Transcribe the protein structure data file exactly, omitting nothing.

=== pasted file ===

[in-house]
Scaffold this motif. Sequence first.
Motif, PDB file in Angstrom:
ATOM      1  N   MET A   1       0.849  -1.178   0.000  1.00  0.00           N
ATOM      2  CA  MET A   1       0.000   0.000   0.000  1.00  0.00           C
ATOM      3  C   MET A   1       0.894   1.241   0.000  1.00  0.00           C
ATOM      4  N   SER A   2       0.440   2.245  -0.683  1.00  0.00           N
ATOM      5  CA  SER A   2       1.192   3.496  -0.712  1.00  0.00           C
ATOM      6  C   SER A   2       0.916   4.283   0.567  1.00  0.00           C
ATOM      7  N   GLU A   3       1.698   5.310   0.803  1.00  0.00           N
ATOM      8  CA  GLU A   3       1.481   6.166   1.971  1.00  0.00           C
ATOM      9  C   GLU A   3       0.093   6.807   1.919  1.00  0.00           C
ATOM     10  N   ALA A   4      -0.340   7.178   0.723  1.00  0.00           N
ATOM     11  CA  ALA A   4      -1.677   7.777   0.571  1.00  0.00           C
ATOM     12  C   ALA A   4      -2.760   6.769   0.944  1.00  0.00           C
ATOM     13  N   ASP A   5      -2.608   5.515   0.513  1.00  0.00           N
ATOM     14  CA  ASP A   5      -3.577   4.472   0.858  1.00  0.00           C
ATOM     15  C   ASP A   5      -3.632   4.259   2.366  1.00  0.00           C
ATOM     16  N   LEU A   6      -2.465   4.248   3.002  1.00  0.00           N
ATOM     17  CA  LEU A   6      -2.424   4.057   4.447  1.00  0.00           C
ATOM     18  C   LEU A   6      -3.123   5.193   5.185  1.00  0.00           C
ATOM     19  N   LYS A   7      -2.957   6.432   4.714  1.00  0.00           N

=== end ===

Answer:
[in-house]
Scaffold this motif. Sequence first.
Motif, PDB file in Angstrom:
ATOM      1  N   MET A   1       0.849  -1.178   0.000  1.00  0.00           N
ATOM      2  CA  MET A   1       0.000   0.000   0.000  1.00  0.00           C
ATOM      3  C   MET A   1       0.894   1.241   0.000  1.00  0.00           C
ATOM      4  N   SER A   2       0.440   2.245  -0.683  1.00  0.00           N
ATOM      5  CA  SER A   2       1.192   3.496  -0.712  1.00  0.00           C
ATOM      6  C   SER A   2       0.916   4.283   0.567  1.00  0.00           C
ATOM      7  N   GLU A   3       1.698   5.310   0.803  1.00  0.00           N
ATOM      8  CA  GLU A   3       1.481   6.166   1.971  1.00  0.00           C
ATOM      9  C   GLU A   3       0.093   6.807   1.919  1.00  0.00           C
ATOM     10  N   ALA A   4      -0.340   7.178   0.723  1.00  0.00           N
ATOM     11  CA  ALA A   4      -1.677   7.777   0.571  1.00  0.00           C
ATOM     12  C   ALA A   4      -2.760   6.769   0.944  1.00  0.00           C
ATOM     13  N   ASP A   5      -2.608   5.515   0.513  1.00  0.00           N
ATOM     14  CA  ASP A   5      -3.577   4.472   0.858  1.00  0.00           C
ATOM     15  C   ASP A   5      -3.632   4.259   2.366  1.00  0.00           C
ATOM     16  N   LEU A   6      -2.465   4.248   3.002  1.00  0.00           N
ATOM     17  CA  LEU A   6      -2.424   4.057   4.447  1.00  0.00           C
ATOM     18  C   LEU A   6      -3.123   5.193   5.185  1.00  0.00           C
ATOM     19  N   LYS A   7      -2.957   6.432   4.714  1.00  0.00           N